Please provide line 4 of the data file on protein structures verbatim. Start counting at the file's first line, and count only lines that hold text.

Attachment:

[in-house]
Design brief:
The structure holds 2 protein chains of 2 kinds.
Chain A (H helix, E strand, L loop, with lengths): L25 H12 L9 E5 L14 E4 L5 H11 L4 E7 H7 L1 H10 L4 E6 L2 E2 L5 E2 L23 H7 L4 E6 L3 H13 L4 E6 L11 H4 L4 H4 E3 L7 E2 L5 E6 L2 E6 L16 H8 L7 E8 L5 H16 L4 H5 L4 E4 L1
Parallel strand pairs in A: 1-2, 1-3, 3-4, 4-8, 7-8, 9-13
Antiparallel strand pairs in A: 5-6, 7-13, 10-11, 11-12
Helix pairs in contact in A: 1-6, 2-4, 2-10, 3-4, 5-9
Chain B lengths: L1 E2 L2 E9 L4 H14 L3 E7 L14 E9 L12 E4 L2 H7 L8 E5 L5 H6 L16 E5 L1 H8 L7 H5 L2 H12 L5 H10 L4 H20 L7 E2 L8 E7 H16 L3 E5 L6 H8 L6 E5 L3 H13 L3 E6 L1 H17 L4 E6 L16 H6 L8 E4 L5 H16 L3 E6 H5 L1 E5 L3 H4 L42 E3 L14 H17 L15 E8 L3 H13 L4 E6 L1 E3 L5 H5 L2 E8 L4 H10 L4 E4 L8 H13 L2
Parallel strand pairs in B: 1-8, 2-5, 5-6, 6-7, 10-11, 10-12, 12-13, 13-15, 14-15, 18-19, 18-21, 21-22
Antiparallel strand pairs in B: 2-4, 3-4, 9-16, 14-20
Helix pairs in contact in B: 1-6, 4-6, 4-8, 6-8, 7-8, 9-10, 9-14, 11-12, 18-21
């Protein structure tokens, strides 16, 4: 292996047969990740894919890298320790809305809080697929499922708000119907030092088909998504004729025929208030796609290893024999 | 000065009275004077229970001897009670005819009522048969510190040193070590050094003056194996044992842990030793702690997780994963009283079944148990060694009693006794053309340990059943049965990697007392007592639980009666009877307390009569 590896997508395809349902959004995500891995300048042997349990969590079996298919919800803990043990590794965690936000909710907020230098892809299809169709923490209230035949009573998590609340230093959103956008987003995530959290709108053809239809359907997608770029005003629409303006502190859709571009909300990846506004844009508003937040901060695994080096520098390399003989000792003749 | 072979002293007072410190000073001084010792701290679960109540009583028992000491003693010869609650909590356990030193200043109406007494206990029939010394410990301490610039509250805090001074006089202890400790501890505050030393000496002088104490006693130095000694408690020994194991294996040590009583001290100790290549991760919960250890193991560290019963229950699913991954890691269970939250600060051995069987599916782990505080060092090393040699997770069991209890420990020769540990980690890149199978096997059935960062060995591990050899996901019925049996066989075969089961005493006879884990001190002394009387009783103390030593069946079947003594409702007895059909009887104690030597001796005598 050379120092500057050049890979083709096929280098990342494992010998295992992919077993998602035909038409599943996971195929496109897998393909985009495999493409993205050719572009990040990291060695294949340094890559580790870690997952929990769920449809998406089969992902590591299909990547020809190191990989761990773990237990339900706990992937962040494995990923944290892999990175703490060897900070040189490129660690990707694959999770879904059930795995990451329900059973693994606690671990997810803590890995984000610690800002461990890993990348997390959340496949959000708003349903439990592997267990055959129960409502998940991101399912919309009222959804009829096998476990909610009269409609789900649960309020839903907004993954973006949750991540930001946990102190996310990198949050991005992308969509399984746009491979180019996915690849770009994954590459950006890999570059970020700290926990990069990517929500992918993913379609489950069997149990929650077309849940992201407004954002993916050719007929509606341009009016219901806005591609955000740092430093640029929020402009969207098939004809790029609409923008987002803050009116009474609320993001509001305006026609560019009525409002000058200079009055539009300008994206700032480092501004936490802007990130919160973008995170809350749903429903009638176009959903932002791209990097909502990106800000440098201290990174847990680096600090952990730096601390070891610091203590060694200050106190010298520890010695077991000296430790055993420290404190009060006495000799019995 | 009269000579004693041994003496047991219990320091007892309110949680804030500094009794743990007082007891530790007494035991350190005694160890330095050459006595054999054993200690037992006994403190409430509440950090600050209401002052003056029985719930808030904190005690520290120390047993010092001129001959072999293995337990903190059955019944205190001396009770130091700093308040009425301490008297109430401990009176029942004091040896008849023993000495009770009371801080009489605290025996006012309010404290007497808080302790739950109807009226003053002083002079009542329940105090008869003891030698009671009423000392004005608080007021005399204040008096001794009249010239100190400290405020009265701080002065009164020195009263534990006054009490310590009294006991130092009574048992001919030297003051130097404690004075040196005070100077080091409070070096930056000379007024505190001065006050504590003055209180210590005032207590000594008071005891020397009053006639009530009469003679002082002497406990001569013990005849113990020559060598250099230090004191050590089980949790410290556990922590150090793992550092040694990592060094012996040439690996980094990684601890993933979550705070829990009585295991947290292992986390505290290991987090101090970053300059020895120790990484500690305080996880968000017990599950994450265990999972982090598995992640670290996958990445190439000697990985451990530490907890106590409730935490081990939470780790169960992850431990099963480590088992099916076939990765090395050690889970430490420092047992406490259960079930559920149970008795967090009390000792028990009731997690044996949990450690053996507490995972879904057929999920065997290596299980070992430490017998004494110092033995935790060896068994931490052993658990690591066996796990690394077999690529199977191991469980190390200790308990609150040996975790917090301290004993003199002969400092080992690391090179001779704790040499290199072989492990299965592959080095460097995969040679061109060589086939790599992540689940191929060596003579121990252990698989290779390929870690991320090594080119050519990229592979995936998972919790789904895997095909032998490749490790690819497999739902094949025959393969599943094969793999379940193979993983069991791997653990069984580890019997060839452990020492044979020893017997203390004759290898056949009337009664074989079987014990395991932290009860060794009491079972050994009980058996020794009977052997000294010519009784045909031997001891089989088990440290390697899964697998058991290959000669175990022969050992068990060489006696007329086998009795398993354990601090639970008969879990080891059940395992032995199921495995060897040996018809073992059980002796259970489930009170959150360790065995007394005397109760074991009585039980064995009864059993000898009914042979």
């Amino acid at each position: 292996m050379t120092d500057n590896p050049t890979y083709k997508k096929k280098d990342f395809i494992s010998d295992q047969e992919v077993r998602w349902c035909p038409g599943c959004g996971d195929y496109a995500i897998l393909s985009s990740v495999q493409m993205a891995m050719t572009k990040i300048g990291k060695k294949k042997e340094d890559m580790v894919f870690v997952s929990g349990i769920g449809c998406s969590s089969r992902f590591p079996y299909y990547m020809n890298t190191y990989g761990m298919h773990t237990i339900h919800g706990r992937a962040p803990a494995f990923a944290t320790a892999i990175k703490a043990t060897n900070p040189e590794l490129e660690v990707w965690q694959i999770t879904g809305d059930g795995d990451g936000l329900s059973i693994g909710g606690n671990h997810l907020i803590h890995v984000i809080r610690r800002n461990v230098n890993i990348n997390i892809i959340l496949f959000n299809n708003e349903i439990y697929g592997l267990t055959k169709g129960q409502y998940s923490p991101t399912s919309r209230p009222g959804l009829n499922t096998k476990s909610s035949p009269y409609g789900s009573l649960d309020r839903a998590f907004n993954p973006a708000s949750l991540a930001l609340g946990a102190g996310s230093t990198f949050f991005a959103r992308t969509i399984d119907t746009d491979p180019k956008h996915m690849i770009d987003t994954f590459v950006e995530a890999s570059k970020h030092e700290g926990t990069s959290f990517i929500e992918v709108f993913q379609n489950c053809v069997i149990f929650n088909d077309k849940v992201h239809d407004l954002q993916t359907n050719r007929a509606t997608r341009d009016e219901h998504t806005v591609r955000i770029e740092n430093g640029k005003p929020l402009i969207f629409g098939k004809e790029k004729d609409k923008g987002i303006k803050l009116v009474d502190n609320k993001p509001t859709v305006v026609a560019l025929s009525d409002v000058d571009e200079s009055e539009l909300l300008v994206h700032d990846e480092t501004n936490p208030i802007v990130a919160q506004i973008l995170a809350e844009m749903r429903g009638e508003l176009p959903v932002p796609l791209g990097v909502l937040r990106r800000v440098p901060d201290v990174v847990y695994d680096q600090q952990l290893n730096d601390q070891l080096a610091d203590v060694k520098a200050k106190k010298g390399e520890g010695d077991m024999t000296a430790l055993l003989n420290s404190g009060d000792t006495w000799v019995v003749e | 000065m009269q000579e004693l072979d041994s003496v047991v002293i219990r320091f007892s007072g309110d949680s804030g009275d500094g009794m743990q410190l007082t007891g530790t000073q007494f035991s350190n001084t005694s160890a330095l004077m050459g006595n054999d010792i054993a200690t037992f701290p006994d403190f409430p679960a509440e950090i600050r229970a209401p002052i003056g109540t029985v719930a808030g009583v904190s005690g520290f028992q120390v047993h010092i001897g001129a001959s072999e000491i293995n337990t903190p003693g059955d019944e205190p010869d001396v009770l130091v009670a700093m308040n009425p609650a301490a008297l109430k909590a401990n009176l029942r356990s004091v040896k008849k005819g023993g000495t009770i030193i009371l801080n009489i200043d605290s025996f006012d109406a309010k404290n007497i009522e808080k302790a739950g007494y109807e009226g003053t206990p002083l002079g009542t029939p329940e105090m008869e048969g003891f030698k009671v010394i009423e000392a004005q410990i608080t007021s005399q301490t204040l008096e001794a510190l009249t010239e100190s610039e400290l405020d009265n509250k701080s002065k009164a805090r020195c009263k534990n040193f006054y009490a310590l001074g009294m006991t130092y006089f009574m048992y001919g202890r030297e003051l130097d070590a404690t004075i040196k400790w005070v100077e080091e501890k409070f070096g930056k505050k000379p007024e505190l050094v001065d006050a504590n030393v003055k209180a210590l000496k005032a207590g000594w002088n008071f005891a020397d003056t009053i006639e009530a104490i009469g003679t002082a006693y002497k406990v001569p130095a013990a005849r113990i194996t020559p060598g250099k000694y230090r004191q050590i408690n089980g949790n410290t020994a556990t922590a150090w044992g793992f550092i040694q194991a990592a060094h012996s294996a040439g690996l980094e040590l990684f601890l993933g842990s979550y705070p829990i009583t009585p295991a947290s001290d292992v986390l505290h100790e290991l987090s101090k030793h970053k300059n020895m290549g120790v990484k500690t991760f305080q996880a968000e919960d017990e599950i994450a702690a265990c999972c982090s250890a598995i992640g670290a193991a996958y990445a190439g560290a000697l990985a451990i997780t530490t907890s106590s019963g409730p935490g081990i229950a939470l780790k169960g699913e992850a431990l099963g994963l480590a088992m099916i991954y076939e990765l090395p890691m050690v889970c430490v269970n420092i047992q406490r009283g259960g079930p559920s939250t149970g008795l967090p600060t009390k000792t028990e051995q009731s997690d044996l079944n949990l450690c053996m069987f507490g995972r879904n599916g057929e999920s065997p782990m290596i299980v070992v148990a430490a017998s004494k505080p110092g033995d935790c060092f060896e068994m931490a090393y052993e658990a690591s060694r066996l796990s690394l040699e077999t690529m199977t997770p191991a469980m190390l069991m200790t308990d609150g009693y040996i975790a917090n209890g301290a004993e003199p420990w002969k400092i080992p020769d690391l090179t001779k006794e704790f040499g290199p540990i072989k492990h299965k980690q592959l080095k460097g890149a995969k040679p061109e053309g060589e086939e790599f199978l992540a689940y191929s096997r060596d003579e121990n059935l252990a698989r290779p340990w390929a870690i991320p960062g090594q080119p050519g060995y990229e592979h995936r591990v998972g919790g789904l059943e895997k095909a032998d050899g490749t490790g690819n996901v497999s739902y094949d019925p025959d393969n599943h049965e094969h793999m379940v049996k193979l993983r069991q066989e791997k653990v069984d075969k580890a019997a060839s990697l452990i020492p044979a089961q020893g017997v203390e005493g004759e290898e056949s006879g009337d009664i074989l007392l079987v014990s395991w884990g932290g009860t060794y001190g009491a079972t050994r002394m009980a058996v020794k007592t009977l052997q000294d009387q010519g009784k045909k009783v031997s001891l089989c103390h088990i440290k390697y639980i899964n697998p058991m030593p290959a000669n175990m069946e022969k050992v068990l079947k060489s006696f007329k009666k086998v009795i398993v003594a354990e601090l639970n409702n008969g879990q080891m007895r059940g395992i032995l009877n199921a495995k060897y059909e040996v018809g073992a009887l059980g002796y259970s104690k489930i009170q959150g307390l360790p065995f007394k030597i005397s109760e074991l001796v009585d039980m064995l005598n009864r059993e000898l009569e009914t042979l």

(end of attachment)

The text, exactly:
Chain A (H helix, E strand, L loop, with lengths): L25 H12 L9 E5 L14 E4 L5 H11 L4 E7 H7 L1 H10 L4 E6 L2 E2 L5 E2 L23 H7 L4 E6 L3 H13 L4 E6 L11 H4 L4 H4 E3 L7 E2 L5 E6 L2 E6 L16 H8 L7 E8 L5 H16 L4 H5 L4 E4 L1